27 May 2011

Dempster Highway tour to Eagle Plains 28-29 July 2010

I got the chance to go to Eagle Plains on the Dempster Highway on Wednesday, 28th July. Olav was doing a shuttle for some natural resource scientists who needed to be picked up from Eagle Plains motel and brought back to Inuvik. They had been out in the field for the past five weeks doing research.

The purpose of my going was an extra pair of eyes that could scan area looking for one of our dogs that had run off into the bush. Three guys who were on a hiking trip borrowed one of our huskies to act as a bear dog. Rosco was selected as the said bear dog to go. However, once they were hiking Rosco decided he would be better off without the three guys so he took off on his own.

Since I knew the dogs and they knew me I went to help look for the dog. When Olav and I set of in the big tour van the weather was not on our side. It was wet and miserable with limited visibility. The gravel and mud road was like sludge in some places and Olav did well driving in those conditions, the van sometimes sliding in the mud.
The real "Dempster Highway"

When we got close to the area where Rosco abandoned the hikers we drove slowly keeping a constant eye out. We even came to a camp of some sort and Olav took some time to drive around the buildings which were actually trailers. We asked around if anyone there had spotted Rosco, unfortunately no one had seen any white dogs wandering around.

We continued our journey, when I spotted something white in the distant hills. Not sure of what I saw I used the zoom on my camera to take a picture. It was the shape of a dog and there was a high possibility that it was Rosco. Not too many white huskies running around in those parts.  Olav stopped the tour van and we got out to call Rosco.

We were calling Rosco and it looked like he was coming towards us but there was a dip in the ground so we lost sight of him. Olav set off climbing down off the road and onto the waterlogged tundra, it was raining pretty heavy at this point. I started to follow him I was wearing my blue rubber crocs. Since they hindered my efforts I took them off and ran barefoot. It must of looked pretty strange, an Irish girl sets off barefoot in the Arctic tundra. Fortunately the vegetation was soft and spongy due to being waterlogged, not unlike the terrain found on the mountain at home.

Similar to the Irish landscape.......

Rosco came to us as we stood and called him. I gave him some kibble I had in my pocket. He stayed pretty close to us as we made our way back to the tour van. When we got back we put him into the plastic travel kennel in the back and he lay down.  Olav and I got back into the van with the heat on to dry ourselves.

We continued our journey across the Arctic circle (66°33′44″) line and crossed the border into the Yukon. Even though the weather was bad we did manage to see a Grizzly bear running along parallel to the road.
The Arctic Circle & Jogging Bears
Further on we saw some Caribou but it was difficult to get a clear picture of them because of the weather.
On the Northern outskirts of Eagle plains you could see where the landscape was damaged by a forest fire. The whole place looked pretty desolate, similar to what you might see in an apocalypse/end of the world movie.

When we arrived at Eagle Plains we met the scientists, they had been expecting us earlier but the weather held us up. They had reserved a room for us because it was too late to make the return journey that evening. I had some soup and a sandwich while we chatted in the lounge before going to bed.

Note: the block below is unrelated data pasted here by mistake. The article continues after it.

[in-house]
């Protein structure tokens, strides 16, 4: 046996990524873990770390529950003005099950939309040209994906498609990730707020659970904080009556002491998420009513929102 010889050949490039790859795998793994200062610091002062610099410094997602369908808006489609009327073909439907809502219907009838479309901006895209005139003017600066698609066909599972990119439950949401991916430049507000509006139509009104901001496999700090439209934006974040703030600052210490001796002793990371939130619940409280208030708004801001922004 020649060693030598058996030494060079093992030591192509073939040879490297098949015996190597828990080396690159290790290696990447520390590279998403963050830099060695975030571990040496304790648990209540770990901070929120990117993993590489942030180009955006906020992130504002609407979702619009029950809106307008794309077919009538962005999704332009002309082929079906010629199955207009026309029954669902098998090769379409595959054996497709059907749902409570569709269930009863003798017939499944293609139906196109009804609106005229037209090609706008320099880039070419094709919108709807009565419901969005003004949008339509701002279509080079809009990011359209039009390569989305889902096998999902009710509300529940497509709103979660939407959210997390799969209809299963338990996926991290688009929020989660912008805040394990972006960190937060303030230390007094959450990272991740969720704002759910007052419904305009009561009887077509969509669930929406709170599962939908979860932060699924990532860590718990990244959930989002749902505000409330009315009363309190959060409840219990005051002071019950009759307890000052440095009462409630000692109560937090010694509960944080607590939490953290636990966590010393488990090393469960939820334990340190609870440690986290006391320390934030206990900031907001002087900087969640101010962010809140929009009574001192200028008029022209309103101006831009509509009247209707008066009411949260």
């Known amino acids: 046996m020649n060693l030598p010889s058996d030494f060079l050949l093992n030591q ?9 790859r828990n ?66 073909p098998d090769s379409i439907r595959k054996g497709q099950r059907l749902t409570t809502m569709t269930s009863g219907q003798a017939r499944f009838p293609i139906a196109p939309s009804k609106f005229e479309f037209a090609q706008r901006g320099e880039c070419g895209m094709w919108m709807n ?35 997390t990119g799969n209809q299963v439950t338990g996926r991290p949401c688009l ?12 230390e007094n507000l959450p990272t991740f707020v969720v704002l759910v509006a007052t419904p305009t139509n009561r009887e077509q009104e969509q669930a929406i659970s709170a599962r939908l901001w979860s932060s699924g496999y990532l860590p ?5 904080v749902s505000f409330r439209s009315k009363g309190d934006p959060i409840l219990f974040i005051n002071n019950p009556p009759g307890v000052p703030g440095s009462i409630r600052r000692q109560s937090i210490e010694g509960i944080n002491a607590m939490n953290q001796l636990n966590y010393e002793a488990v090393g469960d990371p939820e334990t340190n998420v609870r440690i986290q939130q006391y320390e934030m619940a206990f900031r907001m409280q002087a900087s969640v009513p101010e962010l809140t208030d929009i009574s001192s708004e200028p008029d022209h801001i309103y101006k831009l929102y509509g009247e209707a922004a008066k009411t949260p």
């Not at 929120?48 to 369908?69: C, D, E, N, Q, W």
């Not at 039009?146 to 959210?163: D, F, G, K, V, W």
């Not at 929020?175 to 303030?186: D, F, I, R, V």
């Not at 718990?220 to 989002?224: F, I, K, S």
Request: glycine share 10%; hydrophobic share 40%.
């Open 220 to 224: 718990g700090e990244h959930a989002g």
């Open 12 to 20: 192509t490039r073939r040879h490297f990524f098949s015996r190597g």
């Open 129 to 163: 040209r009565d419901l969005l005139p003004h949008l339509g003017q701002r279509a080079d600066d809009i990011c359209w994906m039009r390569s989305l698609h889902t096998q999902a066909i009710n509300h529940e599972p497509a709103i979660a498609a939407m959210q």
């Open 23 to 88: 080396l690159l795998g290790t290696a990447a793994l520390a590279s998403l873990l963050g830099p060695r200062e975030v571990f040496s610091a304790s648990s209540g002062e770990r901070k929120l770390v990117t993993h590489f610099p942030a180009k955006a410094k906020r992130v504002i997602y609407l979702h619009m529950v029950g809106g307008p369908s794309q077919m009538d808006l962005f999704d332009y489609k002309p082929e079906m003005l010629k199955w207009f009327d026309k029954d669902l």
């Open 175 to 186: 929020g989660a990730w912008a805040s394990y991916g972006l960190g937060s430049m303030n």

The next morning we were aiming for an early start but by the time we had breakfast and got going it was after 11am. We were lucky because the Dempster Highway to the south was closed off and quite a few people were stranded at Eagle Plains until the road reopened.

The weather on the Northern route had cleared up and it was turning out to be a lovely day. We passed hundreds of Caribou all heading south. Olav stopped the van and we just watched as they wandered along. They did not seem to notice the van. Olav drove slowly with the van doors open and we were all mesmerised, taking pictures and videos. At one point we had to stop and let them cross the road. They crossed in single file, sometimes two or three at a time.  I took pictures but my little point and shoot camera didn't do them justice

The Famous Dempster Highway tourist shot

Rosco was pretty quiet all of the time on the way back. At one point we let him out of the van to stretch his legs at the ferry crossing, just to be safe I tied a rope to him. But contrary to what we thought, Rosco had a big adventure and was just as happy to stay in the van until he got home to his kennel.

We returned to the Arctic Chalet safe and sound on Thursday afternoon. Rosco went straight into his box full of fresh straw. He was tired for the next few days and kept off his feet as the pads on his paws were a little tender.

The tour van that took us there and back.

27 Jan 2011

Herschel Island Tour, August 4 2010

Herschel Island is an island in the Beaufort sea that used to be an old whaling camp. It is about a two and a half hour flight north of Inuvik.
It is one of the tours available through the Arctic Chalet.

Judi dropped three guests from the chalet and myself off at the North Wright float plane dock on Shell lake. The landing strip for planes on the island is a section of the beach that was uncleared so float plane was the only option for flying there.

I was lucky enough to meet an aviation celebrity, namely Bud Found a guest at the chalet who was also on the tour. Along with his brother he created Found Aircraft for manufacturing aircraft in 1946, becoming famous for the design and development of the bush hawk planes.